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View Full Version : Nat'l Security banyon other lawyers, legal question on AZ lawsuit for you...


petegz28
07-07-2010, 08:31 AM
In the suit filed against AZ by the Obama Admin said "Federal laws do not permit the development of a "patchwork of state and local immigration policies,"


Since they have not filed any suits against other cities or states for allowing santucary and such does this fall subject to Selective Prosecution??? Or is that strictly for criminal law?

Mile High Mania
07-07-2010, 08:34 AM
I'm no lawyer and definitely not an expert on the topic, but have those "sanctuary" cities and states announced such status via law or simply by merely voicing the idea? My guess is that they are not sanctuary cities by law, just choosing not to enforce the laws... therefore nothing really to challenge in court, like the AZ law.

Personally, I'm in favor of the AZ law...

petegz28
07-07-2010, 08:38 AM
I'm no lawyer and definitely not an expert on the topic, but have those "sanctuary" cities and states announced such status via law or simply by merely voicing the idea? My guess is that they are not sanctuary cities by law, just choosing not to enforce the laws... therefore nothing really to challenge in court, like the AZ law.

Personally, I'm in favor of the AZ law...

Well that is why I am asking. I am not sure how all of that works. When you know a city is deliberately breaking the law and you choose not to act on it I would think it would amount to the same thing as them making a law not to enforce the law.

In fact, I believe Philly recently passed a law that would not allow the Feds to have access to immigration data of criminals.

banyon
07-07-2010, 09:30 AM
In the suit filed against AZ by the Obama Admin said "Federal laws do not permit the development of a "patchwork of state and local immigration policies,"


Since they have not filed any suits against other cities or states for allowing santucary and such does this fall subject to Selective Prosecution??? Or is that strictly for criminal law?

No, so long as there isn't a discriminatory bias against the state (states aren't a suspect class like race, gender to date), then they can file the suit against whoever they wish.

The concept is from the supremacy clause of the Constitution, and if a law conflicts with Federal law, then the Federal law controls. Conflict could be found if the Federal legislation "occupies the field", that is, controls the subject matter almost by definition. One of those areas you can easily imagine would be something like circulation of money. By Constitutional definition the US Mint coins our currency. If a state passed a law and created a mint with a currency to compete with the federal one, then it would be struck down for the conflict and because the Federal government necessarily controls that area of governance.

Immigration is certainly one of those issues in which the Federal government is supposed to have a vital role, so the supremacy/occupation argument is a strong legal argument. It will be difficult to overcome in the Court.

The complete lack of enforcement, of course, renders the Federal scheme useless, but that's a political judgment and not in the purview of the Court.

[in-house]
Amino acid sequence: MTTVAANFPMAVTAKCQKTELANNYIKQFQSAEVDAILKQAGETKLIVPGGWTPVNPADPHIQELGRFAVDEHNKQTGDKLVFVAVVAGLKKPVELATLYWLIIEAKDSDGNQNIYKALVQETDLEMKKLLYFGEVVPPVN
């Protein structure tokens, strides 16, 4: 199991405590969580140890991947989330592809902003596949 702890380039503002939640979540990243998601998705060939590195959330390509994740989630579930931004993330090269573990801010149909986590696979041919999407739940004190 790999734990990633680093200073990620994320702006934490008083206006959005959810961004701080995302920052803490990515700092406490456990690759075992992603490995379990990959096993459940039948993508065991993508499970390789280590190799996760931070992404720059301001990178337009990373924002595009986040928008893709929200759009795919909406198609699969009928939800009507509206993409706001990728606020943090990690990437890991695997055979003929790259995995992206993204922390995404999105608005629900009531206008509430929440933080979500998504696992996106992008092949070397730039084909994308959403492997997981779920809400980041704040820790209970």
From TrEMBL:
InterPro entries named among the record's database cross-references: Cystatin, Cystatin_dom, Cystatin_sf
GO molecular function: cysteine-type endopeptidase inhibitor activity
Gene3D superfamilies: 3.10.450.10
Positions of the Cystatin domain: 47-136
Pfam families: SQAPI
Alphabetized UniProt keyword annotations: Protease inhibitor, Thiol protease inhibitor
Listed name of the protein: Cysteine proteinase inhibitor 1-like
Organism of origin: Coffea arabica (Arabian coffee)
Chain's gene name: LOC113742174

One argument for the supporters of the law is the 10th Amendment and the "powers reserved" clause, but it has been a long time since that argument prevailed on any topic. The political pundits will mention it and the mobs will probably shout about it, but in the end, I don't think it makes sense to pin your legal hopes on it.

Instead, were I the AZ solicitor's team, then I think underscoring that the law only corresponds with the Federal law, doesn't literally conflict in any way, and that it specifically references turning people over to federal immigration and that they have control of the issue is the best way to uphold the law.

petegz28
07-07-2010, 09:33 AM
No, so long as there isn't a discriminatory bias against the state (states aren't a suspect class like race, gender to date), then they can file the suit against whoever they wish.

The concept is from the supremacy clause of the Constitution, and if a law conflicts with Federal law, then the Federal law controls. Conflict could be found if the Federal legislation "occupies the field", that is, controls the subject matter almost by definition. One of those areas you can easily imagine would be something like circulation of money. By Constitutional definition the US Mint coins our currency. If a state passed a law and created a mint with a currency to compete with the federal one, then it would be struck down for the conflict and because the Federal government necessarily controls that area of governance.

Immigration is certainly one of those issues in which the Federal government is supposed to have a vital role, so the supremacy/occupation argument is a strong legal argument. It will be difficult to overcome in the Court.

The complete lack of enforcement, of course, renders the Federal scheme useless, but that's a political judgment and not in the purview of the Court.

One argument for the supporters of the law is the 10th Amendment and the "powers reserved" clause, but it has been a long time since that argument prevailed on any topic. The political pundits will mention it and the mobs will probably shout about it, but in the end, I don't think it makes sense to pin your legal hopes on it.

Instead, were I the AZ solicitor's team, then I think underscoring that the law only corresponds with the Federal law, doesn't literally conflict in any way, and that it specifically references turning people over to federal immigration and that they have control of the issue is the best way to uphold the law.

Thanks.